There is a difference between a birth injury and a birth defect. But as we pointed out in our previous post, both can cause similar chronic health problems that can challenge an Oregon family for the remainder of everyone's life.
Birth injuries and defects are not something that any expectant parent wants to think about. It's understandable that they would rather focus on the joy of bringing a new life into the world. Unfortunately, not every child comes out of the womb in perfect shape.
A hospital is not the place most people want to be. If you are a patient and hospitalization is required it usually means that your condition is dire and the specialized tools, equipment and higher level of staffing provided in the hospital setting are needed to ensure that the highest standard of care possible is delivered.
Despite the amazing strides of the past several hundred years, there are so many things we still do not know about anesthetics. We have written about this topic on several occasions. Back in March we offered a post on new research getting underway into the possible brain damage from general anesthesia in children younger than 4.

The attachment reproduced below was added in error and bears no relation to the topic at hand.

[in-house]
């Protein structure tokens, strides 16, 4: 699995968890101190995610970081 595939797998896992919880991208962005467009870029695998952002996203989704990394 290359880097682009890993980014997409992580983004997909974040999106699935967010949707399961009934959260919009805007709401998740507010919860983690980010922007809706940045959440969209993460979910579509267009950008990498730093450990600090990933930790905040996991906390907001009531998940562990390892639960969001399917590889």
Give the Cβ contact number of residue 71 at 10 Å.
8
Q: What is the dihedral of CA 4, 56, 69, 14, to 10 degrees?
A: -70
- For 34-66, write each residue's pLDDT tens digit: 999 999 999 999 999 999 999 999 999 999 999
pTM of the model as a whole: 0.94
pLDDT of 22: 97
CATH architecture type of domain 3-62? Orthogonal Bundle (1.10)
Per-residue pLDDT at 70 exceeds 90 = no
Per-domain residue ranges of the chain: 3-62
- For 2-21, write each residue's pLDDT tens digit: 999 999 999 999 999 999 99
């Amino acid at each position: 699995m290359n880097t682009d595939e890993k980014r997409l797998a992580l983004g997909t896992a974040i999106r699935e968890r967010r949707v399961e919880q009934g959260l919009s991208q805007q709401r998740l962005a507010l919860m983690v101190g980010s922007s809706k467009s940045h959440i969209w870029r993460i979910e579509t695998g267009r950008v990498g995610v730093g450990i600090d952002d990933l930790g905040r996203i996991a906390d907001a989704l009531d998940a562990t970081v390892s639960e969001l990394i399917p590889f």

Every patient in Oregon would probably benefit from having an advocate working on his or her behalf during a doctor or hospital visit. Having someone who knows the ins and outs of the medical industry and what questions to ask would likely go a long way toward reducing medical errors due to negligence.
Medicine is not an exact science. There are risks that go along with any procedure and not all treatments can be guaranteed to deliver the expected or desired results. But that does not mean that individuals who place themselves in the hands of a licensed health care professional are casting their fates to the wind.
In our previous post, we looked at how medical standards have changed in recent decades. As we noted in that entry, there has long been a certain geographic bias that has resulted in variations in care standards across the country. Those standards have started to become more uniform as emphasis is put on the importance of evidence-based medicine and outcomes.
There has always been a certain level of geographic variation in medical practice. That was perhaps a lot truer in decades past when there were no generally accepted standards of evidence-based practice. Back then, the standard of care was whatever was practiced at the nearest teaching hospital.